A statue of Mary is seen outside St. James Church in Medjugorje, Bosnia-Herzegovina, in this Feb. 27, 2011, file photo. Pope Francis has decided to allow parishes and dioceses to organize official pilgrimages to Medjugorje; no decision has been made on the authenticity of the apparitions. (CNS photo/Paul Haring)
A statue of Mary is seen outside St. James Church in Medjugorje, Bosnia-Herzegovina, in this Feb. 27, 2011, file photo. Pope Francis has decided to allow parishes and dioceses to organize official pilgrimages to Medjugorje; no decision has been made on the authenticity of the apparitions. (CNS photo/Paul Haring)

WARSAW, Poland — Senior Vatican representatives joined the first officially approved church festival at Medjugorje, three months after Catholic pilgrimages to the site in Bosnia-Herzegovina were authorized by the pope.

"We are called to share the difficulties of our contemporaries and we have a responsibility to care for them," Archbishop Rino Fisichella, president of the Pontifical Council for New Evangelization, told 60,000 young people from 97 countries Aug. 5.

"For something to happen, we have to offer something: our poverty, our misery, our borders, our contradictions. But God will change all that because God works miracles," he said during the final evening of Mladifest, or Youth Festival.

Cardinal Angelo De Donatis, papal vicar of the Rome Diocese, formally opened the event Aug. 2. Fourteen archbishops and bishops and about 700 Catholic priests joined the festivities, which concluded Aug. 6.

Meanwhile, the pope's apostolic visitor to Medjugorje, Archbishop Henryk Hoser, who presided over the festival Aug. 3, said the hilltop shrine had become "a place of meeting and knowing," adding that "the secret of Medjugorje" was "an invisible reality, but intense and very present."

More than 40,000 apparitions have been claimed over 38 years at Medjugorje, where six teenagers reported first seeing an apparition of Mary June 24, 1981 while herding sheep.

Some of the visionaries say Mary still appears to them daily with messages at the town, which was largely untouched by the 1992 to 1995 civil war in Bosnia-Herzegovina.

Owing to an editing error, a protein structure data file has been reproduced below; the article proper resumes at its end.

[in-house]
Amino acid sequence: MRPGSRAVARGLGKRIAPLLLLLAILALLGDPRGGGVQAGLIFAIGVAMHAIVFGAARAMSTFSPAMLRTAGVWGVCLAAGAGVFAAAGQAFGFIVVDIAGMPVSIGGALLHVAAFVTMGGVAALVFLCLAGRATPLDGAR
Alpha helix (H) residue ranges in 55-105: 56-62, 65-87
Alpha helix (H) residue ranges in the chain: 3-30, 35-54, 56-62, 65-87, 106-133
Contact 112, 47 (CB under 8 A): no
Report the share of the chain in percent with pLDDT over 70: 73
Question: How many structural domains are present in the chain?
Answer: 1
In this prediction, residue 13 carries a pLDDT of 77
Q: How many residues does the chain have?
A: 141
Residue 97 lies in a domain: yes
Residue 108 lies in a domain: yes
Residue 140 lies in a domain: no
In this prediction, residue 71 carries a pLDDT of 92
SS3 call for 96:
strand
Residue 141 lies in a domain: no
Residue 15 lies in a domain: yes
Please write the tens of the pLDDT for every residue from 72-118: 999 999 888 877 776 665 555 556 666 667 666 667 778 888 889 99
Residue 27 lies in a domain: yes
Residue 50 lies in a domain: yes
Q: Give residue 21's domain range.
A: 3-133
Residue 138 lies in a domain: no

In May 2018, Pope Francis named Archbishop Hoser as apostolic visitor, after a papal commission recommended that Medjugorje, which attracts up to 3 million visitors annually, be designated a pontifical shrine with Vatican oversight.

A ban on pilgrimages organized by Catholic dioceses and parishes was lifted under a papal decree May 12, making possible the five-day festival.

Archbishop Jose Rodriguez Carballo, secretary of the Congregation for Institutions of Consecrated Life, said in an Aug. 2 address that the young pilgrims were "in deep unity" with the pope and grateful to him for "opening up the possibility of coming to pray here."

Radio Medjugorje reported Aug. 5 that parts of the festival had been watched via the internet by more than 2.8 million people worldwide.

Speaking at an Aug. 2 press conference, Archbishop Hoser said the pope had "opened a great door to enter Medjugorje" with his May decree, adding that he was "personally and intimately convinced" the Marian center offered "a model for new evangelization."

He said Medjugorje should be seen as "a living, dynamic reality," with over 700 vocations so far recorded there, adding that the center's importance was summed up "by the people coming here, praying here, being transformed here and returning to their countries with the Gospel spirit they breathed here."

"The Holy See's position has crystallized clearly and has two aspects: the pastoral aspect, which is fully accepted, and the doctrinal aspect, meaning study of the apparitions," he told KAI, Poland's Catholic information agency.

"The fact apparitions are still continuing is the main obstacle to a final ruling, since it's hard to decide on something which hasn't finished. For now, the question of recognizing the authenticity of the apparitions remains in the hands of the Secretariat of State."